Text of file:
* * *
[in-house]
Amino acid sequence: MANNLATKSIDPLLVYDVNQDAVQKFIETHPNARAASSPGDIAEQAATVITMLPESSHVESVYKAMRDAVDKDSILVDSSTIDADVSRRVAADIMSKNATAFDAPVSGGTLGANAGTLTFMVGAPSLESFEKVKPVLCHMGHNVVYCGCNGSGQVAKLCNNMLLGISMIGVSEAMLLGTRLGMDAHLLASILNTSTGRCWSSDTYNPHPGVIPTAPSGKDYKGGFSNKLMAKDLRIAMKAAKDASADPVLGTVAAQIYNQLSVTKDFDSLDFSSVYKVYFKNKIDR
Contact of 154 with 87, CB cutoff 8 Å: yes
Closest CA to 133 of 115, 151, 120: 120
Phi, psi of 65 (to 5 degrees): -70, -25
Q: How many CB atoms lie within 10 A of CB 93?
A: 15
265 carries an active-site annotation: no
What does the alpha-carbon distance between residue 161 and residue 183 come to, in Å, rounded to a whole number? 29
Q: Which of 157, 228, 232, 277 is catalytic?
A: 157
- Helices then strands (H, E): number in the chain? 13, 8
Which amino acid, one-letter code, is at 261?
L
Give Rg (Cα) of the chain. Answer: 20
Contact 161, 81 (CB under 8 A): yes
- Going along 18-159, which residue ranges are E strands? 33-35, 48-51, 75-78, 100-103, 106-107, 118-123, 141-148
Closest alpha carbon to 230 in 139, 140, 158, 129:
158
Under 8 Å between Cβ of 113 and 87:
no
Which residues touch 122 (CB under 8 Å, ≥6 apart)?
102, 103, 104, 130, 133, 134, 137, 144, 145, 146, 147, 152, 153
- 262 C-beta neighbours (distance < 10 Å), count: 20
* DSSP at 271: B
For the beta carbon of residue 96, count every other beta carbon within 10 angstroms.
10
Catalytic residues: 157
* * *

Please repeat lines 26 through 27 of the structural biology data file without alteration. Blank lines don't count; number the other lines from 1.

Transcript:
For the beta carbon of residue 96, count every other beta carbon within 10 angstroms.
10